Keith Calhoun, Trumpet Black Jazz Funeral, 2015. Courtesy: Contemporary Arts Center New Orleans

Keith Calhoun, Travis Trumpet Black Hill’s Jazz Funeral Lois Andrews Dances on top of his Coffin as a Send-Off, 2015. Courtesy: the artist

Calhoun and McCormick’s Angola photographs capture many aspects of life at the penitentiary. Inmates till fields and pick cotton in the presence of armed guards; they pose behind bars, march down rows of barbed-wire fencing. Many images document the Angola Prison Rodeo, in which stripe-suited prisoners compete to tame bucking bulls for an audience of largely white tourists – a brutal reprisal of Roman gladiator contests. (Tickets for the The Wildest Show in the South, as a 1999 Academy Award-nominated documentary called it, go for as little as $20 – the proceeds of which fund religious educational programs.) One photograph shows a crowd of black inmates, wearing stripes, sitting in a kind of ‘bull pen’ as if awaiting their turn for slaughter.

Decades of access have meant that Calhoun and McCormick are often their subjects’ only link to the outside world. That has included many political prisoners – former Black Panther Party members, convicted on often specious charges – among them the Angola 3, who were sentenced together to the longest terms of solitary confinement in US history. (The last to be freed, Albert Woodfox, left Angola only in 2017, after 43 years in ‘the hole’.) If the artists bring information in, they also carry it out with them, and education remains a central priority of their practice. In 2007, the two founded the L9 Center for the Arts in their Lower Ninth Ward studio, where they give regular photography classes to neighbourhood children and encourage them to document their lives. ‘If you teach a kid that their life can be the subject of art,’ McCormick told me, ‘they begin to see that their life has value.’

Keith Calhoun, Dock Worker, New Orleans, 1980, photograph. Courtesy: the artist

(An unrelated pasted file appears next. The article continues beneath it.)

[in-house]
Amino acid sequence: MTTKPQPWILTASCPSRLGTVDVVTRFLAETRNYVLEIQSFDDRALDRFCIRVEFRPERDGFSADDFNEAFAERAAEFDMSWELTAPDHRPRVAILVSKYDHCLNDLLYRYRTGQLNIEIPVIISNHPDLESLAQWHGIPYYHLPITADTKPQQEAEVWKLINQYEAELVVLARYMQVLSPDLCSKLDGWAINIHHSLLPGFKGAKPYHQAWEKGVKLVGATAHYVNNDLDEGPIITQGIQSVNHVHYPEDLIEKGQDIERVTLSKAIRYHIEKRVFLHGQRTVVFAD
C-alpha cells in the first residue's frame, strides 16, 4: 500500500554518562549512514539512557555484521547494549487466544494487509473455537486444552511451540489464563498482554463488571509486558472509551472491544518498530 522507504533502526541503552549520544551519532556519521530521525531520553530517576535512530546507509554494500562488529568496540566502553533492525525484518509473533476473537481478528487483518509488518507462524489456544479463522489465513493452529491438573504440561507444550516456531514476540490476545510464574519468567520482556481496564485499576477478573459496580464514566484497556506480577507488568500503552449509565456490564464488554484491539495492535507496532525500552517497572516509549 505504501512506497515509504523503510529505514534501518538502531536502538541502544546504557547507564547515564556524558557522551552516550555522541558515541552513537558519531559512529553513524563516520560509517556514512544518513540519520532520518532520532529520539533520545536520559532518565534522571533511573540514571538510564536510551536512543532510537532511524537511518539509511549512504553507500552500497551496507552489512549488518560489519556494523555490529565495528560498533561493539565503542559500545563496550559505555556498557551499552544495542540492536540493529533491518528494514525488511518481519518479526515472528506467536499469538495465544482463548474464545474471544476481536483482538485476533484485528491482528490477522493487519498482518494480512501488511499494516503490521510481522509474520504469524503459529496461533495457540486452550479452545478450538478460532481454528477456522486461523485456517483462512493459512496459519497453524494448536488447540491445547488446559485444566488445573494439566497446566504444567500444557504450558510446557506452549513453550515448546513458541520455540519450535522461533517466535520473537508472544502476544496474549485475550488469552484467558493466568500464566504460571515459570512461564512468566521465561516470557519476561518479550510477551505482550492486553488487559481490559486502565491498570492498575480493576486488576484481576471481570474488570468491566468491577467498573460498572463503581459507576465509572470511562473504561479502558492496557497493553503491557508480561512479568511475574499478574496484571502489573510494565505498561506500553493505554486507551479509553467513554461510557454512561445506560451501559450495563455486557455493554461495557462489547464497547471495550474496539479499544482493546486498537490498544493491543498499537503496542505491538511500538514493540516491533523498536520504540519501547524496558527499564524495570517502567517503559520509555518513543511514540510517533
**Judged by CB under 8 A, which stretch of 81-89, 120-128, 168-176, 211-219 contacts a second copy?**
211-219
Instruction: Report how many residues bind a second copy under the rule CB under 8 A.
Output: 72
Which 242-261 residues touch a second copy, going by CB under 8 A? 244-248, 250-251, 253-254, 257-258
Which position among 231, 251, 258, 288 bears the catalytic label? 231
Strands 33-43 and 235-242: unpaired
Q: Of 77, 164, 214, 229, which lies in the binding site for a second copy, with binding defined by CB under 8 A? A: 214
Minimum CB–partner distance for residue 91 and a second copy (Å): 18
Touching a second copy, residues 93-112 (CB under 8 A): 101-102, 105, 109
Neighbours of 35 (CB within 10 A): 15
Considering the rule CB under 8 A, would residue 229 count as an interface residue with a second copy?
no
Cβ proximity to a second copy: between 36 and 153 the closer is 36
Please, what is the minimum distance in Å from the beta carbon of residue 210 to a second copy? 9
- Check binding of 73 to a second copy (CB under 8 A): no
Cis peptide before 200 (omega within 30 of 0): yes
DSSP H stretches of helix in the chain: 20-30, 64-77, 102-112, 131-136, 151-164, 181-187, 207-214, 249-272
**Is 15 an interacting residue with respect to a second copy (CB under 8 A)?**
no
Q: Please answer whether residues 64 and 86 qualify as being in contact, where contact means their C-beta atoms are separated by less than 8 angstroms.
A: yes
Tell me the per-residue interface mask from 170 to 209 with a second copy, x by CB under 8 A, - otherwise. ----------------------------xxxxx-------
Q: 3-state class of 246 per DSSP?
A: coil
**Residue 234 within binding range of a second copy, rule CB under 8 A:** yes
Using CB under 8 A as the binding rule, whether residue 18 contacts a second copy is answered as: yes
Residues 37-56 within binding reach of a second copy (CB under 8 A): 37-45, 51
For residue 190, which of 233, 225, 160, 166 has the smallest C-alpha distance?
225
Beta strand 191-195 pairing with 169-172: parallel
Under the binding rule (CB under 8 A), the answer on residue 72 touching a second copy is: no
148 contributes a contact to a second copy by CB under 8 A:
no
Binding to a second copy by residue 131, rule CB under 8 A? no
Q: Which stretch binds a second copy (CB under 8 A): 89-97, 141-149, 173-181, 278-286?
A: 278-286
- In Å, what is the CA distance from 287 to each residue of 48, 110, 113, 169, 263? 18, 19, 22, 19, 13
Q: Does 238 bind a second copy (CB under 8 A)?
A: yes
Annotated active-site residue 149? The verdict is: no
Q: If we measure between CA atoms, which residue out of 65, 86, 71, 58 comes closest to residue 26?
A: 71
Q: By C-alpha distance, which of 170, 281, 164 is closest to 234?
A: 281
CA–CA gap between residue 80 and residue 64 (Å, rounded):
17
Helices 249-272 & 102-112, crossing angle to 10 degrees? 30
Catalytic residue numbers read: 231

When Hurricane Katrina struck New Orleans in 2005, the Lower Ninth levee ruptured, flooding the ward. News helicopter footage showed rooftops barely visible above the muddy brown water. Nearly 2,000 people died; some simply never returned. Today, there are empty lots throughout the neighbourhood where houses were destroyed by the storm or abandoned and razed by developers. Many of Calhoun and McCormick’s negatives, stored at L9CA, were ruined by the floodwaters, but the artists have chosen to see this as a blessing in disguise: what they did salvage and develop has been corroded, flecked like aging daguerreotypes, their borders stained bloody red and cool cyan.

It is a rare art that gives all and takes nothing in return. Such is the work of Keith Calhoun and Chandra McCormick, who have spent four decades documenting Southern Louisiana block by block and cell by cell. Their only demand is reform for a system that values Black lives less than others – one that fails to recognize the beauty plainly obvious in their photographs.

‘Keith Calhoun and Chandra McCormick: Labor Studies’ is on view at Contemporary Arts Center, New Orleans until 10 February. 

Main image: Keith Calhoun, Angola Prison, Men Going to Work, 1980, photograph. Courtesy: the artist

Evan Moffitt is associate editor of frieze, based in New York, USA.